Sunday, May 19, 2024

Are we overthinking the quiet quitting trend?

The past few years we’ve all witnessed sporadic changes in the professional work environment that have completely thrown out the traditional paradigm of the office.

But nothing has been as concerning as the alarming numbers and trend of quiet quitting. The trend of doing the bare minimum, strictly sticking to the job description and a reduction in engaged employees is costing businesses $1.5 trillion globally.

It’s commonly associated with deteriorating mental health in the workplace and quiet quitters are often thought of as lazy – never going ‘above and beyond’. In fact, Gallup’s recent State of the Workplace Report found that 67% of employees are quit quitting.

But instead of blaming workers, hustle culture mentality or the healthy work life balance trend – here’s an interesting take.

Rethinking our expectations

You missed attending non-mandatory meetings past your work hours? Must be a quiet quitter.

Perhaps our expectations have become warped and the term called quiet quitting has been blown out of proportion. And the issue lies in the label or definition itself.

Quiet quitting is when employees put in minimum effort to keep their jobs but don't go the extra mile for their employer.

According to this definition, anyone who doesn’t display extra effort other than completing their primary responsibilities is a quiet quitter. Remote employees are often criticized for not being onsite and businesses lack trust in them, because what if they’re not working once their tasks are complete but there are still more hours before they clock off?

Now let’s flip the coin and see a different perspective.

As an employee, you are either completing the tasks assigned or you’re not. So long as everything is submitted to the company’s standard on time, and you don’t arrive late to work, then your work requirements are satisfied.

White-collar workers are paid by their set hours and once that clock hits your final minute, there’s generally no compensation. So why are employees labeled as quiet quitters if their tasks are complete and all hours have been attended?

Going above and beyond for the employer is a great initiative if going up in the ranks is a goal. But if a promotion or raise isn’t someone’s objective, then completing all requirements to a high standard should be indicative of a good employee.

For a more accurate representation of the state of our workforce, we must redefine ‘quiet quitting’ or simply give the definition a different label. The current standard of not displaying a significant amount of extra effort equating to an actively disengaged worker is a poor definition that will continue to blow the trend out of proportion.

Poor management is real

Are managers quiet quitting?

In the corporate setting, all studies have been conducted on employees which paint the majority as disengaged.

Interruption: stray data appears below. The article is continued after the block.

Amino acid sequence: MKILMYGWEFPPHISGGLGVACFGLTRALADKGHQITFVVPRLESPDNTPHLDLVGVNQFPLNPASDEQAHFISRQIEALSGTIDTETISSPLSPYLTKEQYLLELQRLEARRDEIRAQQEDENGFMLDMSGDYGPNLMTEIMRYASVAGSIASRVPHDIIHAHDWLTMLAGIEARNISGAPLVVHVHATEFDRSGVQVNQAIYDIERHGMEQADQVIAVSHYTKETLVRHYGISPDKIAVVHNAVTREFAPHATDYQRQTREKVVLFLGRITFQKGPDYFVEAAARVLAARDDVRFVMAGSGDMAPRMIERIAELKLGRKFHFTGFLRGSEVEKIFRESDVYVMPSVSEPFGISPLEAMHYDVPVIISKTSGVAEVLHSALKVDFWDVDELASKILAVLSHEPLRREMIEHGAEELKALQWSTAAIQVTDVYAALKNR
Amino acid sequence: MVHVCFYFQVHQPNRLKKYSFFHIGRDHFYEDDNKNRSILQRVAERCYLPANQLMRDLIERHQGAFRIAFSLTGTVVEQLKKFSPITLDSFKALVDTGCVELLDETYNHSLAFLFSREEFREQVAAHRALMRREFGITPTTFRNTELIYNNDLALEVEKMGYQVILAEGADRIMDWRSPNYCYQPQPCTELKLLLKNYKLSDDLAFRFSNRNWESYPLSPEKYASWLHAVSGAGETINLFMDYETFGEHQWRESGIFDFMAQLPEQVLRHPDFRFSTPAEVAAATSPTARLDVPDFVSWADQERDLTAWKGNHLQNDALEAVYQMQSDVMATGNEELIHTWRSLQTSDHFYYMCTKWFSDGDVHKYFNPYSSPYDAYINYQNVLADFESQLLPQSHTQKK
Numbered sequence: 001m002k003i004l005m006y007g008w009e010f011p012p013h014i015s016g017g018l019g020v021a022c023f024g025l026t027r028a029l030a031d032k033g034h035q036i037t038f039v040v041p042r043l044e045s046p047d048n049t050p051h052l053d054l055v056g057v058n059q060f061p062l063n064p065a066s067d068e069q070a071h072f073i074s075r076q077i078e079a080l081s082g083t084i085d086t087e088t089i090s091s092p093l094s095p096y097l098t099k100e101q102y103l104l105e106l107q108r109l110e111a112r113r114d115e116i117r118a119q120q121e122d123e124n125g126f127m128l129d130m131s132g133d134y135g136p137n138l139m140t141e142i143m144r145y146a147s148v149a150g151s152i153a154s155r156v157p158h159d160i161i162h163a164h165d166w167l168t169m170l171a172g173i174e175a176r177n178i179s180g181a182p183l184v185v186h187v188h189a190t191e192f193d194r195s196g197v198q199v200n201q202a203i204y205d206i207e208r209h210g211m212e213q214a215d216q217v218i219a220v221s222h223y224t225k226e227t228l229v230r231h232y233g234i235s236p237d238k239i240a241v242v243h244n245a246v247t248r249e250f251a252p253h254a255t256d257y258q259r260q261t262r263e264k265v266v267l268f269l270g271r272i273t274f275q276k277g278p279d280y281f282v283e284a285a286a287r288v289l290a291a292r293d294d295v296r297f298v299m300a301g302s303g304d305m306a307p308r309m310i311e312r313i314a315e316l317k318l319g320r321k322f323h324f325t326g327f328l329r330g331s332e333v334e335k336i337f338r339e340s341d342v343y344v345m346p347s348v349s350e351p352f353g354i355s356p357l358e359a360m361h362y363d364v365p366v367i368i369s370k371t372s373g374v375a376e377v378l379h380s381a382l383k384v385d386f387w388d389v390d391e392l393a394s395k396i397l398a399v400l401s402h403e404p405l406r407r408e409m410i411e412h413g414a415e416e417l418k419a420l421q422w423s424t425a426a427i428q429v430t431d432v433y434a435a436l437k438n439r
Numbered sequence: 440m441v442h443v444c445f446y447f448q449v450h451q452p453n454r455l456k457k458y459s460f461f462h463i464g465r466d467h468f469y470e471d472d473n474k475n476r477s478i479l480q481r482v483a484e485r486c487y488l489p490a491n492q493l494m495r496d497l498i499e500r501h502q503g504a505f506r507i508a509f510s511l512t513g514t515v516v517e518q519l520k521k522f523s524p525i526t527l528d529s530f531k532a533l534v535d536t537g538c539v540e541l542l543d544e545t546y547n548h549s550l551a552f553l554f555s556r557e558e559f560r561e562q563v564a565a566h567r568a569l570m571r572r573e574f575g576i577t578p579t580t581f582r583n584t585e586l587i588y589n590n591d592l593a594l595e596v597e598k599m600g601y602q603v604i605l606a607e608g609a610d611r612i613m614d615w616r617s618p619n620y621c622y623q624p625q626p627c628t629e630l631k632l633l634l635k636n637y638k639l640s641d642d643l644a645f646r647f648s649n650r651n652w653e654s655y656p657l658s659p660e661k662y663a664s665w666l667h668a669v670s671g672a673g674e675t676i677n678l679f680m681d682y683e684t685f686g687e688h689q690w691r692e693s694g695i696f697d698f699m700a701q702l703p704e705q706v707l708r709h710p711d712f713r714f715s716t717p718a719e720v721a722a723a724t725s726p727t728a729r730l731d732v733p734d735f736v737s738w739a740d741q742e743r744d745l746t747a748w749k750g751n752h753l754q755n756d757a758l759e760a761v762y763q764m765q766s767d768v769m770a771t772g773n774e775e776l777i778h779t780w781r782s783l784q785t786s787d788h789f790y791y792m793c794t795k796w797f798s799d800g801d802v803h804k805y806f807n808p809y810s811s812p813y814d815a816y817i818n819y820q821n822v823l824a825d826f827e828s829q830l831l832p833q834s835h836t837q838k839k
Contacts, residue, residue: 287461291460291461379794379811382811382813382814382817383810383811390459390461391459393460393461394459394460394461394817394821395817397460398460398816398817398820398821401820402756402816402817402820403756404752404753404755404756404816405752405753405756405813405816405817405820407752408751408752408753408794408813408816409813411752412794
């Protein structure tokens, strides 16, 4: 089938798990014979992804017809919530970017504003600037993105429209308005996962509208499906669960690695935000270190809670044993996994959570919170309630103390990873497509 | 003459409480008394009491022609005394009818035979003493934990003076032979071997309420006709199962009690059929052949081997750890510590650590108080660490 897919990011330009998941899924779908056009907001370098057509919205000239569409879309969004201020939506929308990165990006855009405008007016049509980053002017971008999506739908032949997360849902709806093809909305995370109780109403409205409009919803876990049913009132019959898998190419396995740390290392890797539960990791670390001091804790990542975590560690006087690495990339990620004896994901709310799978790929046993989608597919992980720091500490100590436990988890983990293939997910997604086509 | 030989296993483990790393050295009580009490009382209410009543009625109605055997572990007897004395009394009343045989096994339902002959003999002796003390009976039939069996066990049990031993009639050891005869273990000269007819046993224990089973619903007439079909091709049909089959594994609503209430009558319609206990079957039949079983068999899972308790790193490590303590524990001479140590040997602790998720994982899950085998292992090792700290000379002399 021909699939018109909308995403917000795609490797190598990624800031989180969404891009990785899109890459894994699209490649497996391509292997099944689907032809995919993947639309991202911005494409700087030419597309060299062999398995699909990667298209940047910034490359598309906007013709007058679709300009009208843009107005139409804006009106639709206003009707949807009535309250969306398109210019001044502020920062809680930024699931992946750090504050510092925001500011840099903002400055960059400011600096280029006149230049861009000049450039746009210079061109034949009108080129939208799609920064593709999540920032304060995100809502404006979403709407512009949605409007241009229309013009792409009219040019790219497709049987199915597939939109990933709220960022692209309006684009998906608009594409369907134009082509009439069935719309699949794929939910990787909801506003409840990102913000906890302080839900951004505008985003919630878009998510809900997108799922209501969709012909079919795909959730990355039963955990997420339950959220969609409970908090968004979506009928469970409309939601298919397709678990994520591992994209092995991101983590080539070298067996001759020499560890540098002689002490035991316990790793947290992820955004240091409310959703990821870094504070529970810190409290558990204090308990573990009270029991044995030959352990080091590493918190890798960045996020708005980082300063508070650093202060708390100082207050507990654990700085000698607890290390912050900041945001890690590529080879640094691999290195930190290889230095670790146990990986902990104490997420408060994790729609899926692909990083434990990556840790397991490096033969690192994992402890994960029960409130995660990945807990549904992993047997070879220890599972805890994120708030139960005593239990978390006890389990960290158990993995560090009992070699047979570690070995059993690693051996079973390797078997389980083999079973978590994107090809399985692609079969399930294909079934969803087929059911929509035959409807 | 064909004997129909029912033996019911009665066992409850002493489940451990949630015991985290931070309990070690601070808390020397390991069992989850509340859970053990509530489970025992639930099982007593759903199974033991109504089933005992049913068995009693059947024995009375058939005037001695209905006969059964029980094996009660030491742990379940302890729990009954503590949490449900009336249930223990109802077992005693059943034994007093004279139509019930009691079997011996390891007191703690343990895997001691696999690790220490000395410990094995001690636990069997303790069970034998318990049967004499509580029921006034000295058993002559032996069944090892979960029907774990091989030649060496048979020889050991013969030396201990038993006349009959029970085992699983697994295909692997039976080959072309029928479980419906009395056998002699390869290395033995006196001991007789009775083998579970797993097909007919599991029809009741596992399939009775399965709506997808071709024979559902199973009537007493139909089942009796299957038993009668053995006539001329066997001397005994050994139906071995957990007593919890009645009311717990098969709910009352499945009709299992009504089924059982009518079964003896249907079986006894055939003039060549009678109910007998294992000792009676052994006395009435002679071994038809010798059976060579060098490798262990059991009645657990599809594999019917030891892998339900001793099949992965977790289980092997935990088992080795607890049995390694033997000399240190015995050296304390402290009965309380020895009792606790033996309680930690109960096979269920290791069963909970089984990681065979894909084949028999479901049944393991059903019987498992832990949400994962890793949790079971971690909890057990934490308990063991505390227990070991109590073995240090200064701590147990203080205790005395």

According to Gallup’s report, employees would be more engaged if factors within office culture, well-being, along with pay and benefits were improved – all of which are linked to poor management.

Many or most of your managers are quiet quitting too.

Managers are accountable for bringing the most out of their team and identifying opportunities for growth. Successful managers will combat quiet quitting by identifying characteristics of an employee who no longer finds satisfaction in their work.

Typical signs such as minimal contribution to meetings or frequently missing productivity metrics can be rectified quickly under great management. Whether it’s through indirect methods or scheduling a friendly meeting to check up on your team, it begins at the top of the chain.

Where it all stems from

The pandemic has changed everything.

The past few years has changed everyone’s outlook on work and life.

Health has become a priority and people prioritize themselves instead of working overtime or always being present in the office. The pandemic is also telling of whether managers are quiet quitting or not.

As per Gallup’s report, most issues can be traced back to poor management.

If managers have remained the same pre and post-pandemic, then nothing has changed internally. Numbers indicate that workers were more engaged pre-pandemic and this opens the possibilities of managers becoming quiet quitters.

The onset of stress and disconnection from work because of the pandemic has lingered consistently. Manager’s account for 70% of the variance in team employee engagement and similarly to everyone else, they also experience difficulties.

Most quiet quitters seek clearer goals and stronger guidance. They have a desire to learn new skills in their workplace and want greater autonomy. Gallup suggests that these employees are doing work but not “thriving”.

Moving past this concerning hurdle will take frequent and meaningful feedback from managers, with individualized information. Ultimately, the definition or label of quiet quitting will also need to change if we are to get a better representation of the global workforce.

Our focus should be on more concerning trends, such as loud quitting and how managers can navigate these challenges.

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